Porsche's latest Boxster range swaps its atmo flat sixes for turbocharged fours. Is less really more, or has the Boxster been emasculated?
WHAT IS IT?
Twenty years after it first appeared, the Porsche Boxster goes turbo. Many of the ingredients remain the same but make no mistake, the 718 Porsche Boxster is the biggest leap forward in two decades of Porsche's hugely successful roadster.
WHY WE'RE TESTING IT
Porsche flew us halfway round the world for an early drive in the 718 Boxster. It's one of the most intriguing cars to be launched this year and we needed to know if going turbo had seen the Boxster sell out or step up.
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THE WHEELS VERDICT
Objectively, the 718 Boxster steamrollers its predecessor. It's faster, lighter, more agile and more efficient, throwing down the gauntlet to rivals with performance that's hard to draw level with. Despite this, a little of the magic that makes Porsche sports cars so special has gone, and for some that'll make all the big numbers look a bit hollow. Viewed in isolation, however, it's hard not to be impressed at how Weissach has executed the transition to downsizing. It still merits a solid buy recommendation from us.
PLUS: Power, torque, efficiency, clever engineering, usability, styling, equipment
MINUS: Engine's acoustic magic gone, personality changed, prices creeping north
THE WHEELS REVIEW
PORSCHE has ruined the Boxster. The switch to from six-cylinder naturally aspirated engines to four-cylinder turbocharged units is a disaster. That's what many motoring writers would have you believe.
You'll see their faces on the video reviews, brows knotted in impotent disbelief at how the latest 718 Boxster doesn't sound anything like the old car and doesn't drive like it either. They'll sniff at the engine response and chunter on about the drip-drip diminution of all that they hold dear, such as granularity of steering feel, fibrous response at the contact patch and endless reams of similar guff.
None of that particularly matters and here's why. The Boxster is the entry-level Porsche sports car. A statistically insignificant number of 718 Boxster buyers will have previously owned a Boxster, and the rest will have no frame of reference for drawing comparisons with what went before. We'd be prepared to bet they'll absolutely adore the 718, largely because it's such a crushingly competent package.
Yes, it has changed hugely. In the face of increasingly stringent emissions regulations, Porsche has had no choice but to switch to turbocharging. The old atmo lumps had been squeezed until the pips were squeaking and there wasn't anywhere left for Porsche to turn, in order to realise meaningful emissions cuts, than to downsize the engines and switch to forced induction. You don't have to like it but that's the way the industry is moving. Whoever adapts best wins, and Porsche has traditionally been rather good at ingenious adaptation.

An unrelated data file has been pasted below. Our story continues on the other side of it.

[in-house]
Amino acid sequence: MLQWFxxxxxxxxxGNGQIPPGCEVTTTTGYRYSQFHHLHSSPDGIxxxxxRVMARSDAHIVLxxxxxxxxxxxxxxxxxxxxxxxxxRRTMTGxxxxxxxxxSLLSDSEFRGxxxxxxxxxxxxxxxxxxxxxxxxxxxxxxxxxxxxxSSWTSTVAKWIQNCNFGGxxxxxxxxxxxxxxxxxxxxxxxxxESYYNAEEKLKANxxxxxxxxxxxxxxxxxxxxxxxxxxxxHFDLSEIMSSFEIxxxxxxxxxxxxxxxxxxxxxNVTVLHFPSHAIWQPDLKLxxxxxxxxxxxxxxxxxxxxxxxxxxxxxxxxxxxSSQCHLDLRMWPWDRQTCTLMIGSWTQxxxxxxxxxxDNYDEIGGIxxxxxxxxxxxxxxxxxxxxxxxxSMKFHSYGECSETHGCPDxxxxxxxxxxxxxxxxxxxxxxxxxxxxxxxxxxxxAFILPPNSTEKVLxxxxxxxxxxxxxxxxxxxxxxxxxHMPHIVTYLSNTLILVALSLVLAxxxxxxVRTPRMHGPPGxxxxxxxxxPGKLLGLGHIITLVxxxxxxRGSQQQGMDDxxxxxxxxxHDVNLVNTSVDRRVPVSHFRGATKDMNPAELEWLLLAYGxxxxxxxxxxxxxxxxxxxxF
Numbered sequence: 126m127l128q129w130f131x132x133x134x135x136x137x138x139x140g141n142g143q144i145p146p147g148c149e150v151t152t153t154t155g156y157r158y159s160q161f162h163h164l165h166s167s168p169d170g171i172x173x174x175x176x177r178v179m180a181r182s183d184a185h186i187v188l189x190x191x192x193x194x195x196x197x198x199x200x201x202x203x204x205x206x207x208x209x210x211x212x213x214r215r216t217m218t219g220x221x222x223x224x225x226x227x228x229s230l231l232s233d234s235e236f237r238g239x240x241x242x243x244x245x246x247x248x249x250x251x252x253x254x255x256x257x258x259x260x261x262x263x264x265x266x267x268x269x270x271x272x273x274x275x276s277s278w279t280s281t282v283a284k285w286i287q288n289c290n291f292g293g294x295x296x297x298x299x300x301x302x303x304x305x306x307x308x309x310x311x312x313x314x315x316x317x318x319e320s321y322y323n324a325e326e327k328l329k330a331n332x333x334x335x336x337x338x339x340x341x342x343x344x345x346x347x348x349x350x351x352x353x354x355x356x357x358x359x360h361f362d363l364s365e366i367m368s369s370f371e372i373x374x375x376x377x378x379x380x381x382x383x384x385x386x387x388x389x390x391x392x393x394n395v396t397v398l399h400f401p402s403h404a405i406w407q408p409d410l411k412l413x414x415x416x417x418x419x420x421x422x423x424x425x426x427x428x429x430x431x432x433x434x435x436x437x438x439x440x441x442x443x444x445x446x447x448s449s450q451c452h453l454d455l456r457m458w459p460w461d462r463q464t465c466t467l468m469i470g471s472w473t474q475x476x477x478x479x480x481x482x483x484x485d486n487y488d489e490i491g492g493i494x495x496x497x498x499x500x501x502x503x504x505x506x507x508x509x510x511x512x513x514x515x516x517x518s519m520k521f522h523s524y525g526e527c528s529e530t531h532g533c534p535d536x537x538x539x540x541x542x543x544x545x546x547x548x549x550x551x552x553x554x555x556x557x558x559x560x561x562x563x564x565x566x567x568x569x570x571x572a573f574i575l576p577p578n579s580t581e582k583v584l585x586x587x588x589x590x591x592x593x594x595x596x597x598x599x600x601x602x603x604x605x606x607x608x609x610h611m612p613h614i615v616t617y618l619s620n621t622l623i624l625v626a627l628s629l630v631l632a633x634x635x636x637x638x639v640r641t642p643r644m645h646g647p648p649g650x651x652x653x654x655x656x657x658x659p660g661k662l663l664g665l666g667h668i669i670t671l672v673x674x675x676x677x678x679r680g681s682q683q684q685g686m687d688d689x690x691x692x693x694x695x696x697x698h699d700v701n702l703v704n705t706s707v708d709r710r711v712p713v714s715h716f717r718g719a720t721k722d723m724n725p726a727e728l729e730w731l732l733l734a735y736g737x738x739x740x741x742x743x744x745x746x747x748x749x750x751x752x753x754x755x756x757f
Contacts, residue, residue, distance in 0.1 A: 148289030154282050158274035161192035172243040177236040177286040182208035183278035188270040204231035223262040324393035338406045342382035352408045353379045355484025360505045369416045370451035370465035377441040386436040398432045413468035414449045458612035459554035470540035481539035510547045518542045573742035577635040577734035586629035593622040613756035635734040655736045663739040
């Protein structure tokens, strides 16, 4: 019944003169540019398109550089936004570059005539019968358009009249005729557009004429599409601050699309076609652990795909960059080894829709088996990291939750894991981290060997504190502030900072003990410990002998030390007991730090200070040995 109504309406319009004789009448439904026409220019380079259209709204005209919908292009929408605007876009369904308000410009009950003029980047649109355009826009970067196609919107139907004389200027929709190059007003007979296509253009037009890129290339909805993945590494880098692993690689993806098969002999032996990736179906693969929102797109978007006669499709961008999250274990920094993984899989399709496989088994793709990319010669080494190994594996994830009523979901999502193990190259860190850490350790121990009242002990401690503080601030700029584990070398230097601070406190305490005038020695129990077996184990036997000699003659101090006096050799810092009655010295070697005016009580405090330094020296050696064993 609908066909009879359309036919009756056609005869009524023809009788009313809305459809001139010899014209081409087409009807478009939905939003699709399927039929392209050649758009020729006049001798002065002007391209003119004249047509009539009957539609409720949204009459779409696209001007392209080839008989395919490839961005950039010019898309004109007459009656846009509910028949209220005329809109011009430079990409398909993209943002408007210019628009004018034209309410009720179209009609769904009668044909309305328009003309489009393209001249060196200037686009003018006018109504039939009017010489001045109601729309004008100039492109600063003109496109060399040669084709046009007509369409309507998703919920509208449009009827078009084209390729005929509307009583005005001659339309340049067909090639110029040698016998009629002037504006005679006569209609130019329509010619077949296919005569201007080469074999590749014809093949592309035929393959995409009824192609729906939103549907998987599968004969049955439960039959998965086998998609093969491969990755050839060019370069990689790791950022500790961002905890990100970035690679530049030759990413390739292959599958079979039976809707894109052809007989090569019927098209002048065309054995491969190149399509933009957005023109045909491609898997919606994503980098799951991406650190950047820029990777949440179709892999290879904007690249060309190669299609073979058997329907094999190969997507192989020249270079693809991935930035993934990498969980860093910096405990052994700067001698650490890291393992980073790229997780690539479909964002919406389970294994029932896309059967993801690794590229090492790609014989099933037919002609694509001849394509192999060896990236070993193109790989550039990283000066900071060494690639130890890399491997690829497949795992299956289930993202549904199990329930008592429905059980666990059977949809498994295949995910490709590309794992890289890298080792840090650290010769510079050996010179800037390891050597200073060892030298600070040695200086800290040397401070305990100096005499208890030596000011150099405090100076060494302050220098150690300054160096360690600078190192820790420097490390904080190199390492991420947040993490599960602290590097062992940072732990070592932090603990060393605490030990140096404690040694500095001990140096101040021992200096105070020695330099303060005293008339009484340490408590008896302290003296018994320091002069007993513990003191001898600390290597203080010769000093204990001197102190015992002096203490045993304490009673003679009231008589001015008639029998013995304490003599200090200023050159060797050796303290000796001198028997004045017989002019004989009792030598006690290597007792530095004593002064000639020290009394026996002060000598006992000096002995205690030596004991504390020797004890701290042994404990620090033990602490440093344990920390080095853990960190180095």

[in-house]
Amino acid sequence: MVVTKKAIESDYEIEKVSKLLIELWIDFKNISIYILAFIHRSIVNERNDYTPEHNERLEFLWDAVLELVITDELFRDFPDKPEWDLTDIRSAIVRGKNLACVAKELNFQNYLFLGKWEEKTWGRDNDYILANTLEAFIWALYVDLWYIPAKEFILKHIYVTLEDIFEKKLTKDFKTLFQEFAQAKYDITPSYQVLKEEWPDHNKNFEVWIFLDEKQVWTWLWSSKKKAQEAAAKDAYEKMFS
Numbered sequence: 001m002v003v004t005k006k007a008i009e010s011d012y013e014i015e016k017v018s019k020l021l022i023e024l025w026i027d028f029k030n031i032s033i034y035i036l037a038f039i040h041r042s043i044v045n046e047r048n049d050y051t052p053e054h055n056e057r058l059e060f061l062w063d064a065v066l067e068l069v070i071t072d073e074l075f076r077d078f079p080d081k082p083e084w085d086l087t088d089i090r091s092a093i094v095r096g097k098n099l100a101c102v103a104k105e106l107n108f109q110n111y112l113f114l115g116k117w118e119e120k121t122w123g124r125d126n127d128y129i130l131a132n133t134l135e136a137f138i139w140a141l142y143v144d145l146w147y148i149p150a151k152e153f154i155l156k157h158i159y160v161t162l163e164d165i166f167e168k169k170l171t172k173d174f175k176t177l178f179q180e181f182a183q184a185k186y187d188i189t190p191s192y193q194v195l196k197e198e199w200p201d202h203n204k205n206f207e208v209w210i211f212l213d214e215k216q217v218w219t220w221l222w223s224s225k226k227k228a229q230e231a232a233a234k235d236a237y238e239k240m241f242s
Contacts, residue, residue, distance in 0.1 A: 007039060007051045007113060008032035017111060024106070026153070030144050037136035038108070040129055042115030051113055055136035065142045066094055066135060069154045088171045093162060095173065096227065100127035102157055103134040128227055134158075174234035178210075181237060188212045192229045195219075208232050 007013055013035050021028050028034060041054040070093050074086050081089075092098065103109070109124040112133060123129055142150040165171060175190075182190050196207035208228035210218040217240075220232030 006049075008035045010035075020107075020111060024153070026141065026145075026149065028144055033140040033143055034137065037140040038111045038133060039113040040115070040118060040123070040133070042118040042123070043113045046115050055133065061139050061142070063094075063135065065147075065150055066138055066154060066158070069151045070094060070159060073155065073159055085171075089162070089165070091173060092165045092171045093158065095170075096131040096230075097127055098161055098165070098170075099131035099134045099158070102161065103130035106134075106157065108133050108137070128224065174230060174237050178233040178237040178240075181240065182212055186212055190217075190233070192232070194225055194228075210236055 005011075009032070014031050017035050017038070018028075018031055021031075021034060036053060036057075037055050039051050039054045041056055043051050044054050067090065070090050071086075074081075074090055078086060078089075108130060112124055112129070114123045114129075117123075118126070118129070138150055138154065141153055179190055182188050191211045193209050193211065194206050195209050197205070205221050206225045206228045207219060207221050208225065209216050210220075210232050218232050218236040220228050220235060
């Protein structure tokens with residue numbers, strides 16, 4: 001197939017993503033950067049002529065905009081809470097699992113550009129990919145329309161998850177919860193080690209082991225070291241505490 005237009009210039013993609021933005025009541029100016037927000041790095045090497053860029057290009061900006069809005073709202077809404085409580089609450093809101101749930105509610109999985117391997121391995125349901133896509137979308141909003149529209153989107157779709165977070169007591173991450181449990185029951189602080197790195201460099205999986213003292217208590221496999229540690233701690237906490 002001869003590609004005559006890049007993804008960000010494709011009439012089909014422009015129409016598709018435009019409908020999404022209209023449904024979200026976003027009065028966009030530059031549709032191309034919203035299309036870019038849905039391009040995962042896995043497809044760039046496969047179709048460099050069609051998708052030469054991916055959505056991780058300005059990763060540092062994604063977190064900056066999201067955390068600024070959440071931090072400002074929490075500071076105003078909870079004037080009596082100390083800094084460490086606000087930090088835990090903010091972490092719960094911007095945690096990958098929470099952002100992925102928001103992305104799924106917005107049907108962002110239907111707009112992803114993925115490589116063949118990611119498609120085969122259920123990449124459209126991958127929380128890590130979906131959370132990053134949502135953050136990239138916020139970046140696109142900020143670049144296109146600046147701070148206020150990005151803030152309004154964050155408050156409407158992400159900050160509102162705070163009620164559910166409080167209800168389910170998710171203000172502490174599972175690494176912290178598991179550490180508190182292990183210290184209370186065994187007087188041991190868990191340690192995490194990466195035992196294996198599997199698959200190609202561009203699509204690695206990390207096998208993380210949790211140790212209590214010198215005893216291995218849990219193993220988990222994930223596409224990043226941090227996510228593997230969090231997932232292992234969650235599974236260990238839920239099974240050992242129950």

What's wholly un-Porsche is that the company has felt the need to overcompensate massively for short-changing customers a pair of pots. That's why both the 2.0-litre and 2.5-litre engines offer a healthy step up in power and a massive step-change in torque compared with their predecessors. The Boxster is good for 220kW with a fat 380Nm of torque on tap, fully 100Nm more than the previous entry-level Boxster. Spring for the Boxster S and the numbers ease out to 257kW and 420Nm.
The torque is the key to how these cars drive. Whereas in the old Boxster, you'd willingly ping it off its redline to hear the engine note harden and yowl, and then rue the fact that second gear was taking you over 130km/h and toward an impending appearance before the local magistrates, the 718 rewards a less frenetic approach. Whichever engine you choose, peak torque arrives at less than 2000rpm and lasts to 4500rpm, tailing off gently thereafter. Therefore, you tend to upshift early and plug in low again. That torque has solved the Boxster's perennially over-long gearing issue.
The turbo installations differ markedly, too. The 2.0-litre engine features a wastegate which, when combined with the Vario Cam Plus action on the exhaust, allows for incredibly subtle management of the ramping of boost pressure. The 2.5-litre engine also features this system but augments it with Variable Turbine Geometry (VTG) as seen in the 911 Turbo.
The whole rear end of the 718 has been beefed up to handle this added muscle, with heavier duty springs and dampers, a half-inch wider track, and meatier four-point engine mounts. The Boxster is quick, with the PDK gearbox 90 percent of buyers will choose teaming with launch control to catapult it to 100km/h in 4.7 seconds. The Boxster S is now ballistically rapid. Chew on these numbers. It gets to 100 kays in 4.2 seconds, the same as a 996 Turbo. It'll lap the Nurburgring in 7m 46s, fully 16 seconds quicker than its predecessor and that's neck and neck with a 996 GT2. Need a more recent frame of reference? It's only two seconds a lap slower than the garlanded Cayman GT4.
The ride quality is better, lateral grip has improved, the brakes are bigger and the steering is 10 percent more direct, thanks to the steering system adapted from the 911 Turbo.